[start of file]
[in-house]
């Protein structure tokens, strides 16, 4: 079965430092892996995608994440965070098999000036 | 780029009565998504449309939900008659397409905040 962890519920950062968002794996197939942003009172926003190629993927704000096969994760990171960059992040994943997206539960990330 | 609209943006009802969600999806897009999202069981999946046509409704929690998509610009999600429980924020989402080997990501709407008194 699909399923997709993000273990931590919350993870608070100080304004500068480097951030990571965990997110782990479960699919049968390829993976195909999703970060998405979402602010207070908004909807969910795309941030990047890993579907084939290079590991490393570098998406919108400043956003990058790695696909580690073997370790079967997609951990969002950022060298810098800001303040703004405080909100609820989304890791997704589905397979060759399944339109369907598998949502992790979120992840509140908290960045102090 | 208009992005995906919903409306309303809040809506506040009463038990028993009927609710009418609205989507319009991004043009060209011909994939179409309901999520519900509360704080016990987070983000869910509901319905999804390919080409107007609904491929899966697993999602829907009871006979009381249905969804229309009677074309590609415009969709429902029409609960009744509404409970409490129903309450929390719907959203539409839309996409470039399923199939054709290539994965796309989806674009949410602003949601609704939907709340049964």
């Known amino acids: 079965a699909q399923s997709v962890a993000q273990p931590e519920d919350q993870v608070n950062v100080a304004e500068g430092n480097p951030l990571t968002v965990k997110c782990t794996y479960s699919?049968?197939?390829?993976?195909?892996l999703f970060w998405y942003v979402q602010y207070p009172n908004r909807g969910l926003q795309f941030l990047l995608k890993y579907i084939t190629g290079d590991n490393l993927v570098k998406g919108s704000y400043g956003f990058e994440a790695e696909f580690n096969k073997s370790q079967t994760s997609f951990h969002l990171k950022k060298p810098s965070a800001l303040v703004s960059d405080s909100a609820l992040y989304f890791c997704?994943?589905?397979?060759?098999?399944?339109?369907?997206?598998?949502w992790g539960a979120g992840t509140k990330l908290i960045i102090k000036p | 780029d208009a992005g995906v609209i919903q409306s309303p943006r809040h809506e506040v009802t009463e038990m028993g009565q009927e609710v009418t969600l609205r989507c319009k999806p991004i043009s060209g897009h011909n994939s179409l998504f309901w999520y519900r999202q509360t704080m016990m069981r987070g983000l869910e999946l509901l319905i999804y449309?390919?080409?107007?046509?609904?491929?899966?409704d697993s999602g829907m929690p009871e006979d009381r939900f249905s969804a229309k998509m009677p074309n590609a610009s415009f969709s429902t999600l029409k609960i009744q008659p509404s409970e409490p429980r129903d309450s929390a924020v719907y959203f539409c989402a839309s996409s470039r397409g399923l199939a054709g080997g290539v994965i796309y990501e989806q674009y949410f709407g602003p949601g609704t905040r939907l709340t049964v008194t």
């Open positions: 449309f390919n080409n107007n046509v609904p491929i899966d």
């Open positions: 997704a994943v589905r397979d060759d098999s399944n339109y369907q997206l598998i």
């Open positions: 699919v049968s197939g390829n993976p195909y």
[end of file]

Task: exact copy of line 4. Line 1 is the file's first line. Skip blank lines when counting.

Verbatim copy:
């Open positions: 449309f390919n080409n107007n046509v609904p491929i899966d």